Prayer flags blow in the wind overlooking Taktsang Monastery, above the Paro valley in Bhutan. Dyed in five colours representing the elements, the prayers inscribed on such flags are thought to spread goodwill and compassion to all.
Stephen Ripley / STEPHEN RIPLEY/Winnipeg Sun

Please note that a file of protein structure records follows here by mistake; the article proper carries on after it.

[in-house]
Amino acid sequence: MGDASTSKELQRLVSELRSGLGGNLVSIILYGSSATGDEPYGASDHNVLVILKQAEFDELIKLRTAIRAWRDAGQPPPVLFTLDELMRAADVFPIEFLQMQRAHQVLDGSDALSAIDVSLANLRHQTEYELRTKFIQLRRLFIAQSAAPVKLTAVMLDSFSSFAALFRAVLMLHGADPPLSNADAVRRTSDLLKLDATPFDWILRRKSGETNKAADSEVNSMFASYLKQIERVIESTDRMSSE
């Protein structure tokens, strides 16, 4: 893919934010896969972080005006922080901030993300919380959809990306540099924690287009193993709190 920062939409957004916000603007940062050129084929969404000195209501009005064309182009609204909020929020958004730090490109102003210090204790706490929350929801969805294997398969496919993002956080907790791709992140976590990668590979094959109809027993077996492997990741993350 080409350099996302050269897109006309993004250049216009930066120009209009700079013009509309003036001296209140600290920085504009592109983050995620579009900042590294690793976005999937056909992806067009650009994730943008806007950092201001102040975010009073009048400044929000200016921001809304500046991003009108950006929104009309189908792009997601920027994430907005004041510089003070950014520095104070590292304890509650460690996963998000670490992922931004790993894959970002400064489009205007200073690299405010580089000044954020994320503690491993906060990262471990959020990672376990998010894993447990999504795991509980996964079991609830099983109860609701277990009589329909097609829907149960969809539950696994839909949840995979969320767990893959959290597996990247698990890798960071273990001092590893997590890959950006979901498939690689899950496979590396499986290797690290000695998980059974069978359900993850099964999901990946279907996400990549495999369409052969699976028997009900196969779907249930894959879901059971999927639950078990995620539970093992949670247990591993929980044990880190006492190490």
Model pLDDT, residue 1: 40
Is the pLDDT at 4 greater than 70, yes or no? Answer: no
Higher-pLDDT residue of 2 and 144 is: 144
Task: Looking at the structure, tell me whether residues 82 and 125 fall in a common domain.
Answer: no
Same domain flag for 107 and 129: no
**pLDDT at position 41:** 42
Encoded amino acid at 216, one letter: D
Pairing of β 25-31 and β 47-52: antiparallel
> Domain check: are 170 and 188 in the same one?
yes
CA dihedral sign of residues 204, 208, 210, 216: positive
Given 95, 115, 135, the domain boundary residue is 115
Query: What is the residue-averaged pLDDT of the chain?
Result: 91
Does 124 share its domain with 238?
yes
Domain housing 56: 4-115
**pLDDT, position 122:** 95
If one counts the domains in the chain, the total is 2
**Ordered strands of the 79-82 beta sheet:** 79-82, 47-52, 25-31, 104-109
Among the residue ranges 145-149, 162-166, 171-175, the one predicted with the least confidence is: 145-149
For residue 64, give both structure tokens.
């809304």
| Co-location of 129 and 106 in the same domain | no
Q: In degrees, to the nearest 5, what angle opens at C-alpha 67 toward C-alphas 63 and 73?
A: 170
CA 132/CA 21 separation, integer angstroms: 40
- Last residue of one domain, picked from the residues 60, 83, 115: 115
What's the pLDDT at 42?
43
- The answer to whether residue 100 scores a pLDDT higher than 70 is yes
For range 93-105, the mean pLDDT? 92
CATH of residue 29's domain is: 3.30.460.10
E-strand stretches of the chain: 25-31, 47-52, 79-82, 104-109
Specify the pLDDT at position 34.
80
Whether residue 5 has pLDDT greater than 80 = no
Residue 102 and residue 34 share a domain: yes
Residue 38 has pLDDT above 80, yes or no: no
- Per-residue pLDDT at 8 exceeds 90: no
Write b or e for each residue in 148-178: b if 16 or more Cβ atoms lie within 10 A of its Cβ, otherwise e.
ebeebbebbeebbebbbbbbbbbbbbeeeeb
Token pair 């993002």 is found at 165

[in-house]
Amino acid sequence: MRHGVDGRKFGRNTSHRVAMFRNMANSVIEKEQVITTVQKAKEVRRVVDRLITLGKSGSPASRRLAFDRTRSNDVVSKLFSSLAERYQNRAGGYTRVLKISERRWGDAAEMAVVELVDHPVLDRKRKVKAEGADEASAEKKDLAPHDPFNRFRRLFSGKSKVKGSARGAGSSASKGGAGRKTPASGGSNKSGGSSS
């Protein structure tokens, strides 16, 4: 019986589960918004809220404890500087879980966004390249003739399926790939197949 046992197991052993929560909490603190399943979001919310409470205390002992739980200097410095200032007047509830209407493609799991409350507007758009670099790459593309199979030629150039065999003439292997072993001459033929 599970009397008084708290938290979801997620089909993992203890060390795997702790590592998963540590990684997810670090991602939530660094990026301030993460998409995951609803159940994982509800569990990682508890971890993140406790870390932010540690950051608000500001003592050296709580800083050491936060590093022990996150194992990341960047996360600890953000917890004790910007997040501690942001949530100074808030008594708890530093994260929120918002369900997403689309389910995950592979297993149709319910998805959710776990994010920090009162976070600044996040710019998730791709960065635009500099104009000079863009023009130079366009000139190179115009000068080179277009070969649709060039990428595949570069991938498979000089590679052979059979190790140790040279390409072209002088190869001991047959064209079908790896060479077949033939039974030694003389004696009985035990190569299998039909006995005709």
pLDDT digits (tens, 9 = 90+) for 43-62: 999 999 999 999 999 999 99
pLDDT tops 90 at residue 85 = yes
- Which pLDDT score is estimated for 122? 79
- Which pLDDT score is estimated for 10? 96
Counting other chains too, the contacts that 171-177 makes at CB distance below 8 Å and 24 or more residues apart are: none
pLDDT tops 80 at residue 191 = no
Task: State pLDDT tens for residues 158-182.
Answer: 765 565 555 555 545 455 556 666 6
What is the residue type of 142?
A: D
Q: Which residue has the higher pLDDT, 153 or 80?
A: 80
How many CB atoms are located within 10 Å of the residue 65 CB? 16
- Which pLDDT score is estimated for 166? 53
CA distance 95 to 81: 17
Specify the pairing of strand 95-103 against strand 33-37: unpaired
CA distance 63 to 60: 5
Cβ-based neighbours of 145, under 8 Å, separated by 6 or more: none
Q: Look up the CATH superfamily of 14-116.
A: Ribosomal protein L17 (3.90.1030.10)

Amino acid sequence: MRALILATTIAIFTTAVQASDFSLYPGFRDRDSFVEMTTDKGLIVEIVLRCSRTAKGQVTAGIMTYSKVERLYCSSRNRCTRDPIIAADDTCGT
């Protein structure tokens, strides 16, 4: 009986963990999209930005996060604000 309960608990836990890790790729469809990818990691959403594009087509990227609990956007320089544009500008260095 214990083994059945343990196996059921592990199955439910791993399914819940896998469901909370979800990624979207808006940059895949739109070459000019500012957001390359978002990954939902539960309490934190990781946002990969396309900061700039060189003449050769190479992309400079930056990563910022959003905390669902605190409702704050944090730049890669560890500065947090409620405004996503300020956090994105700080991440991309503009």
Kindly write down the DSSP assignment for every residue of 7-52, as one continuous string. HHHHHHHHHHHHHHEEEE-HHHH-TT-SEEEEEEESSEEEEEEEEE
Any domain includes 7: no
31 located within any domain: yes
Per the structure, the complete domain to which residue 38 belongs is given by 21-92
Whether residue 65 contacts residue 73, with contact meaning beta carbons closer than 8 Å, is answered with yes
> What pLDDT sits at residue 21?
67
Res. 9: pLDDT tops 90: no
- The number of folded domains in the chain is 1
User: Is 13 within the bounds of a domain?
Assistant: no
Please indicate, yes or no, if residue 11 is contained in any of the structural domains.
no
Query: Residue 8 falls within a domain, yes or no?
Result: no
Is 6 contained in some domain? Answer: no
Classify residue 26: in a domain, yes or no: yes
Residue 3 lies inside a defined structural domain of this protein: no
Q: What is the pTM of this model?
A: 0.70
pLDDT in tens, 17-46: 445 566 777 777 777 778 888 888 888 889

The tiny Himalayan kingdom of Bhutan can teach Canadian politicians a few lessons on economic and environmental policy.In Canada, we’ve all become used to the familiar political battle lines as competing economic and environmental perspectives collide. Most recently, Ontario’s top court ruled that the federal government’s carbon pricing law is constitutional. The Ontario government immediately signalled its intention to appeal the ruling to the Supreme Court of Canada.Saskatchewan’s Court of Appeal came to a similar judgement in May. The Saskatchewan government immediately announced its intention to appeal to the Supreme Court.And on it goes. British Columbia and Alberta squabble over a pipeline. Justin Trudeau questions the Conservatives’ belief in climate change. Jason Kenney accuses environmental charities of being dangerous foreign interlopers. Doug Ford demands stickers on gas pumps blaming the federal government for price increases. Meanwhile, this spring saw devastating floods in New Brunswick and parts of Quebec and Ontario.This clash would be largely out of place in Bhutan, a small country tucked between India and China. On the one hand, partisan politics and competing political priorities are just as evident in Bhutan as they are here. Indeed, political differences can be as deep and petty as anywhere else. On the other hand, Bhutan has a means to navigate colliding political priorities.On the surface, Gross National Happiness sounds quirky and utopian. But as Bhutan’s national development strategy, it is also very practical.Bhutan’s fourth king, Jigme Singye Wangchuck, famously proclaimed that gross national happiness is more important than gross national product. Gross National Happiness, or GNH, is the country’s national development strategy. It is a strategy that recognizes the inherent interconnections across economic, environmental, cultural and governance issues. Economic growth is important, but not for its own sake. So, too, is environmental conservation but, again, not for its own sake. Each should reinforce the other while also strengthening Bhutanese culture and governance. When all of these are balanced and in harmony, the conditions for people’s true happiness are in place.On the surface, GNH sounds quirky and utopian. But as Bhutan’s national development strategy, it is also very practical. The country has developed a unique policy formulation protocol that includes a GNH policy screening tool.Every draft policy must be fed through the GNH screening tool. The tool systematically determines the policy’s positive or negative impacts on each of the multiple economic, ecological, socio-cultural and governance dimensions of GNH. A numeric scaling system for each GNH dimension – the higher the number, the more positive the impact – includes an overall quantitative threshold that must be reached. Failure to reach the threshold means the policy must go back to the drawing board.What does this mean in practice? In particular, what might it look like in Canada if applied to, for example, policy decisions around oil pipelines?The GNH screening tool would assess a pipeline-related policy for both its potential economic and ecological impacts. Both would require a positive impact.But it would also go much further. The GNH screening tool would assess such questions as: How will the proposed policy affect local culture and language? What will be the impact on levels of stress in the population? Will it affect the ability of people to spend time with their families? How might it impact people’s spiritual pursuits? Will it create openings for government corruption?If the proposed pipeline-related policy did not contribute positively, or at least neutrally, to each of these dimensions, it would need to be reformulated until it did.Bhutan’s GNH screening tool is no policy cure-all. But it represents a serious attempt to navigate competing political agendas to arrive at a meaningful policy balance that seeks the greater good.If we want to avoid future descents into disputes over gas pump stickers, Canadian politicians would do well to try something similar.Kent Schroeder is Executive Director of the Bhutan Canada Foundation and author of Politics of Gross National Happiness: Governance and Development in Bhutan. firstname.lastname@example.orgALSO IN OPINION:Editorial: Canada’s government shouldn’t lean on China criticsKurl: Digesting poll results means chewing over the data carefullyCoyne: Evidence grows that Harper gang had nothing on these Liberals